Become a Member

Get access to more than 30 brands, premium video, exclusive content, events, mapping, and more.

Already have an account? Sign In

Become a Member

Get access to more than 30 brands, premium video, exclusive content, events, mapping, and more.

Already have an account? Sign In

Brands

Daypacks

Mountain Laurel Designs Hell 27

The lightest backpack of 2021

Lock Icon

Unlock this article and bundle up with Outside+.

Already have an Outside Account? Sign in

Outside+ Logo

40% Off Holiday Sale, Ends Nov. 28
$4.99 $2.99 / month*

Get the one subscription to fuel all your adventures.


  • Map your next adventure with our premium GPS apps: Gaia GPS Premium and Trailforks Pro.
  • Read unlimited digital content from 15+ brands, including Outside Magazine, Triathlete, Ski, Trail Runner, and VeloNews.
  • Watch 600+ hours of endurance challenges, cycling and skiing action, and travel documentaries.
  • Learn from the pros with expert-led online courses.
Join Outside+


*Outside memberships are billed annually. You may cancel your membership at anytime, but no refunds will be issued for payments already made. Upon cancellation, you will have access to your membership through the end of your paid year. More Details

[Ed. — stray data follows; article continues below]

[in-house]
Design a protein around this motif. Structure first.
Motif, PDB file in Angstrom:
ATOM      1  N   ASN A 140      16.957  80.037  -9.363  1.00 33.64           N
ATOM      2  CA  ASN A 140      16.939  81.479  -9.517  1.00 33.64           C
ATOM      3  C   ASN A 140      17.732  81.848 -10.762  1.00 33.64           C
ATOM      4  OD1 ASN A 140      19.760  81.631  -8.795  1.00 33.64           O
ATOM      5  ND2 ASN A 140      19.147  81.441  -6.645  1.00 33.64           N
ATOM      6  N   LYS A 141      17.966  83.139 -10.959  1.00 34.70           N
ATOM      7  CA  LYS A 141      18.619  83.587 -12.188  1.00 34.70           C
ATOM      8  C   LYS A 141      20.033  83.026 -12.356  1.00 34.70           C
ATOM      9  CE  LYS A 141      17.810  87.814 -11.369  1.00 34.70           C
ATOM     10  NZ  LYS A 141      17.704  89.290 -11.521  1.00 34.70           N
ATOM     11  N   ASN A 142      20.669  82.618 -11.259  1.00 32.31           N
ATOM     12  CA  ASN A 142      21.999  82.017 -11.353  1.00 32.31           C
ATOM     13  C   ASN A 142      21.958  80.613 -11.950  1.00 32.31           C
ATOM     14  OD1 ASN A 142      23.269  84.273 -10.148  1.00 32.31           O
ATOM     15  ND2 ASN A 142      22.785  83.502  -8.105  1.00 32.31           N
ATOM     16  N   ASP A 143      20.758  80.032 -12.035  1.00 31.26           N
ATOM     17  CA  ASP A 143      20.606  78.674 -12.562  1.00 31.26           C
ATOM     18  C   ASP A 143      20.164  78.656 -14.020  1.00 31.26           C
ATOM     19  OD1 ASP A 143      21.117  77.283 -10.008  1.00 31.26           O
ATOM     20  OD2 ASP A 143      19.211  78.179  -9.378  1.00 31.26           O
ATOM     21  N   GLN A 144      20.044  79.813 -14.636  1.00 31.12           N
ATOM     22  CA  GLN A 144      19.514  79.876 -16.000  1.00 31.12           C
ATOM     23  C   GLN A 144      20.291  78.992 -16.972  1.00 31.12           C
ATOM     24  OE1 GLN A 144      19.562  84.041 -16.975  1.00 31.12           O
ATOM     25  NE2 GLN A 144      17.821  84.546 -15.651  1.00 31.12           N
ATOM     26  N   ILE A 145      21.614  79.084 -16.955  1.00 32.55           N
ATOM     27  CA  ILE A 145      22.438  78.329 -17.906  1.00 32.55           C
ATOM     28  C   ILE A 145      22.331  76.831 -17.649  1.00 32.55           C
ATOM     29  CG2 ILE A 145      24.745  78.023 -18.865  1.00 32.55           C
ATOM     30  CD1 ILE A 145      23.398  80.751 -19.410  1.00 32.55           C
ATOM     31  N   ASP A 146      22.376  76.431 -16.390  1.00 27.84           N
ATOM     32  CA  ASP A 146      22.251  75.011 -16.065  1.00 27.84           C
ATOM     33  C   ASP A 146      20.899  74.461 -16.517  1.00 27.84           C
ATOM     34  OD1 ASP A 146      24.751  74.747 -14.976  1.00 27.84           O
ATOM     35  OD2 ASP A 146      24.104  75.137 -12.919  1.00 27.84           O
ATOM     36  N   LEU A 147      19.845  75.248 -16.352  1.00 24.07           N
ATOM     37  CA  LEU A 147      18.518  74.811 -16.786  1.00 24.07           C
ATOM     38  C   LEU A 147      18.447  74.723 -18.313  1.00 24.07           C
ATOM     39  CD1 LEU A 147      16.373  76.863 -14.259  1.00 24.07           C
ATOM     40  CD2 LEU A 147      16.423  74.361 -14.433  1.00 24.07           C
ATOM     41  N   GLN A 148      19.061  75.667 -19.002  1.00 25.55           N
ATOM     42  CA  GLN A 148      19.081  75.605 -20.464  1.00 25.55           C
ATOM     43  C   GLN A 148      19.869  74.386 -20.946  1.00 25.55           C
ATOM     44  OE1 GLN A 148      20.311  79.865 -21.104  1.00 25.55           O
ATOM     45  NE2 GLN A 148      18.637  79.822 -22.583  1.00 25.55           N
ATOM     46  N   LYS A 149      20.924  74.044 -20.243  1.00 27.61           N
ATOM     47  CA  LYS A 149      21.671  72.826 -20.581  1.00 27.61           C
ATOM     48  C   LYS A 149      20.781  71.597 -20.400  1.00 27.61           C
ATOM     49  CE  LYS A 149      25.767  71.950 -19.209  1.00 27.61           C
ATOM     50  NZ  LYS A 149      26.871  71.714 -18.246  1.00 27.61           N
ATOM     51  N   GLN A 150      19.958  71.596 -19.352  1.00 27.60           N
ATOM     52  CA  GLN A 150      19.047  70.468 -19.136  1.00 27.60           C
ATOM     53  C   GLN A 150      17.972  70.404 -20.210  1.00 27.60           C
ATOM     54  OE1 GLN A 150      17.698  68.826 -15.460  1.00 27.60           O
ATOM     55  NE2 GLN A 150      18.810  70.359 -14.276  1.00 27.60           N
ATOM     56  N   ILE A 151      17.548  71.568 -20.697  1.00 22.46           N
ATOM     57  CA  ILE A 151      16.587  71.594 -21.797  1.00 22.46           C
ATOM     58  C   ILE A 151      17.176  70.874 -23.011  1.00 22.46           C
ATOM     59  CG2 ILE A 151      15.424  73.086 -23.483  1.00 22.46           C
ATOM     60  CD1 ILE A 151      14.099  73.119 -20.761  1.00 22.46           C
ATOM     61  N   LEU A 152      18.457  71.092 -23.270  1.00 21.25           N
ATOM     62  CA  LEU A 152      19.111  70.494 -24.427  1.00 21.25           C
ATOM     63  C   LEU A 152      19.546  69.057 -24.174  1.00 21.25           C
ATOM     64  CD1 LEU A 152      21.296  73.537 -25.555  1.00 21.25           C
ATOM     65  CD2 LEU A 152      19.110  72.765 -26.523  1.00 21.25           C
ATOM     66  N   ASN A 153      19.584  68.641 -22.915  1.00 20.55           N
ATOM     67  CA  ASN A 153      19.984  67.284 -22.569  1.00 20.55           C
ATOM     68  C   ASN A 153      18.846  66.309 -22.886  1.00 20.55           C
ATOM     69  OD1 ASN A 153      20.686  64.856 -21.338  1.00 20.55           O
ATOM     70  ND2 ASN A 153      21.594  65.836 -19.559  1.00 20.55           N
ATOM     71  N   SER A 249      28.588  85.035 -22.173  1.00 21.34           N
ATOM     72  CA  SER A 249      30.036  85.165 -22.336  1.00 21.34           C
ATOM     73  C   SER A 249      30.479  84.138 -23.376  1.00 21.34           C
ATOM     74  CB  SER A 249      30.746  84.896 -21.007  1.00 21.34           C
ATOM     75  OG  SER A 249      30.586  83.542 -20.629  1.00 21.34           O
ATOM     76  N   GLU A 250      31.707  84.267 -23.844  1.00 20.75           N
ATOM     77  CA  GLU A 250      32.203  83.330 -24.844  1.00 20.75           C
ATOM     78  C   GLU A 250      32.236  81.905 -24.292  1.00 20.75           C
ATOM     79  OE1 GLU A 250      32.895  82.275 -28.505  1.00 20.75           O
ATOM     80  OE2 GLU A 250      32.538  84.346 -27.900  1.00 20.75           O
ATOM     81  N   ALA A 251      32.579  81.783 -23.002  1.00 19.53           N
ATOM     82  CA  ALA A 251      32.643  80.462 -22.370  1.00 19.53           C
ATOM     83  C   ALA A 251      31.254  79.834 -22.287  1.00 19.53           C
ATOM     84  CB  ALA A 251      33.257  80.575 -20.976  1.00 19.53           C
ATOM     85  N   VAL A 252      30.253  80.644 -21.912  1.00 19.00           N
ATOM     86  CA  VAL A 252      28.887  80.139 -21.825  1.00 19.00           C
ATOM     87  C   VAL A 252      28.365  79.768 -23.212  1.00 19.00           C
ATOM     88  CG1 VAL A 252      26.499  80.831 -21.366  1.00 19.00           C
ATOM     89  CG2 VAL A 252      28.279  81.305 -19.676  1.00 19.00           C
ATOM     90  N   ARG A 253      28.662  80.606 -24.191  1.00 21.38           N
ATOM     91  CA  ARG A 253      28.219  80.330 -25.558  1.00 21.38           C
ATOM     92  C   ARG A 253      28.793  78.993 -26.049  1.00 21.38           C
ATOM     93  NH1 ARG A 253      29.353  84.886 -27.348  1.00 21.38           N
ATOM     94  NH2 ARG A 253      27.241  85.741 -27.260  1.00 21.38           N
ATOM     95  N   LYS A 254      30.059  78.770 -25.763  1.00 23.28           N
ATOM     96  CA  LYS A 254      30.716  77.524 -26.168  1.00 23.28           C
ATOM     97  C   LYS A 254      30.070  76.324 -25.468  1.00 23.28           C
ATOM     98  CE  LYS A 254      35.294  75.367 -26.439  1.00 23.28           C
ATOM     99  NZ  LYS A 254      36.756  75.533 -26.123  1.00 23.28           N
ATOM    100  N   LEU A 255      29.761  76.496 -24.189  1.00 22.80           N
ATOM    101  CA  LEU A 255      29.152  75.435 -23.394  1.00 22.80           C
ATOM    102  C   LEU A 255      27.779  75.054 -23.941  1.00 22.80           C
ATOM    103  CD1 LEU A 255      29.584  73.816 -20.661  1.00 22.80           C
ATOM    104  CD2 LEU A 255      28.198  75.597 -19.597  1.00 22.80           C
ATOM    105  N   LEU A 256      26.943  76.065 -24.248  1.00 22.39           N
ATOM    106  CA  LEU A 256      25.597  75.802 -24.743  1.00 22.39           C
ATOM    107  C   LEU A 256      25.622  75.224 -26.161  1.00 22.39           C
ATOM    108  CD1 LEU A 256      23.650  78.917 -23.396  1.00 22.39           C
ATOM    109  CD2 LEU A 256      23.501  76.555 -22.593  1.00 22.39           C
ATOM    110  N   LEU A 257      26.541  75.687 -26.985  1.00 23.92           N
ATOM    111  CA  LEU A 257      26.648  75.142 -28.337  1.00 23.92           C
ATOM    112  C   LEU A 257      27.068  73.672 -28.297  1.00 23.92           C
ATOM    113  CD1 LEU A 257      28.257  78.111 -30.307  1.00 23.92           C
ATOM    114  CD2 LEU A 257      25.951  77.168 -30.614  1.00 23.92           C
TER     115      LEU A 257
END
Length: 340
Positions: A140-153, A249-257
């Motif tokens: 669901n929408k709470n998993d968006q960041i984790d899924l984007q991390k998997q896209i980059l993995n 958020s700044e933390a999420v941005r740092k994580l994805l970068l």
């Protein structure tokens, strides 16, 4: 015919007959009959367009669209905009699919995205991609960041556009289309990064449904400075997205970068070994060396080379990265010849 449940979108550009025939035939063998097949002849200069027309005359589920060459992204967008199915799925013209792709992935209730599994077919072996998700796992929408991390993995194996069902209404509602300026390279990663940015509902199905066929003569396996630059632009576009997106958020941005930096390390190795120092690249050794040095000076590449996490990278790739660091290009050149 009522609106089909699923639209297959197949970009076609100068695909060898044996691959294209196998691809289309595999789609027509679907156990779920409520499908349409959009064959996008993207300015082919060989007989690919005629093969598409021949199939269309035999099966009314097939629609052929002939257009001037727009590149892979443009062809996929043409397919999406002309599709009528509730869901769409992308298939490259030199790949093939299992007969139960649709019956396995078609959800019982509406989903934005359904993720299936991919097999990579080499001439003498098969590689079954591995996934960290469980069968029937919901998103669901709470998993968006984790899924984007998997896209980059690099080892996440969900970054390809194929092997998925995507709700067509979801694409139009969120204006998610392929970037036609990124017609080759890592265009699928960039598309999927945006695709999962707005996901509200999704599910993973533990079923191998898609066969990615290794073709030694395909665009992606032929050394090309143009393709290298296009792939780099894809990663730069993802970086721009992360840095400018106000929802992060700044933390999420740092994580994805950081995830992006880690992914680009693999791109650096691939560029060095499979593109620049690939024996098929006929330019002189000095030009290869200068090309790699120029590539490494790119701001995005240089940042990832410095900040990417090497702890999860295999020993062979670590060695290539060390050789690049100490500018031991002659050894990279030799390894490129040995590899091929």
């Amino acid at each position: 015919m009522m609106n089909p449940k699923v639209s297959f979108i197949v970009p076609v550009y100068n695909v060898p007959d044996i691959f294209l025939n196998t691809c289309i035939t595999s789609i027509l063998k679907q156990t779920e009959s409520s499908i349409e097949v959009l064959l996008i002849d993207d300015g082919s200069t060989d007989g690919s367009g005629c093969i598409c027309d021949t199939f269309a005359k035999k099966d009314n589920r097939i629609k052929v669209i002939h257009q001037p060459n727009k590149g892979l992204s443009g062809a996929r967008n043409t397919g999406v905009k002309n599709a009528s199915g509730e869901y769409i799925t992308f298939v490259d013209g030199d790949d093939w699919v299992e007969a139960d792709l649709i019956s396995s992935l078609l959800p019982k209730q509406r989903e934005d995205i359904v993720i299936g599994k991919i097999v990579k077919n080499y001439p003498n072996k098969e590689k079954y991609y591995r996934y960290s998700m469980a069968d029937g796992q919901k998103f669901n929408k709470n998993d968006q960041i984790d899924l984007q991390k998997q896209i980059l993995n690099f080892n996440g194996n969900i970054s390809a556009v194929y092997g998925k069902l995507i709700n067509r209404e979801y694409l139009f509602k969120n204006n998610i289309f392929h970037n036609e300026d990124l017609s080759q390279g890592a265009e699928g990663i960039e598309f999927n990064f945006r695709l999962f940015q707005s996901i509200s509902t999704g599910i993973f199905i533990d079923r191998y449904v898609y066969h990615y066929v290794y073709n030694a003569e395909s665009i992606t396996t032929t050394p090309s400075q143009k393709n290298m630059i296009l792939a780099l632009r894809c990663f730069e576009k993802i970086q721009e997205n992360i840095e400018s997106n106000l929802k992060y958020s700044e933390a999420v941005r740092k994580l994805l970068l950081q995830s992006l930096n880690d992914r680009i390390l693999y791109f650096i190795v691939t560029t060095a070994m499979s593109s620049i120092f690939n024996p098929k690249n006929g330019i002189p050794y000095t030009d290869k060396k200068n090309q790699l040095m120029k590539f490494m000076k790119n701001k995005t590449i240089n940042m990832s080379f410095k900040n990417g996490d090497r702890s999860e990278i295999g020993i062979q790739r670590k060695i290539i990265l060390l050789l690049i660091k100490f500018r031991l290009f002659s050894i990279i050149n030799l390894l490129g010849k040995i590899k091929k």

Our take Disregard the unfortunate name: This pack is as weightless as angel wings. Thanks to a stripped-down feature set and ultralight materials, the Hell clocks in at just 11.2 ounces for the 3-ounce DCF version (it also comes in 210-denier ripstop nylon for $40 less), making it the lightest in test for its volume. Better yet, our fastpacking tester found the Hell’s ounce-counting didn’t eat into his comfort during all-day hikes in Colorado’s Great Sand Dunes National Park and Dinosaur National Monument: “There’s no padded backpanel, but the shoulder straps are wide and padded enough to be comfy, and they did their job with 15 pounds on board.”

The details Testers appreciated the minimalist layout, comprised of a main packbag, two external mesh pockets, a webbing hipbelt, and a 10-millimeter webbing top strap that doubles as both compression and a lashing point for layers. “This thing makes all other daypacks seem overbuilt,” one tester reports. (Extra features, like hip pockets and shoulder pockets, can be purchased separately for $15 each.) We found the DCF weatherproof and plenty durable—one tester used the Hell as a seat in redrock country and took it off-trail exploring in high desert canyons and found only scuffs on the mesh. One ding: Like a lot of suspensionless packs, this one isn’t breathable; in summer, you’ll sweat like a snowball in … oh.

unisex S/M and L/XL

When you buy something using the retail links in our stories, we may earn a small commission. We do not accept money for editorial gear reviews. Read more about our policy.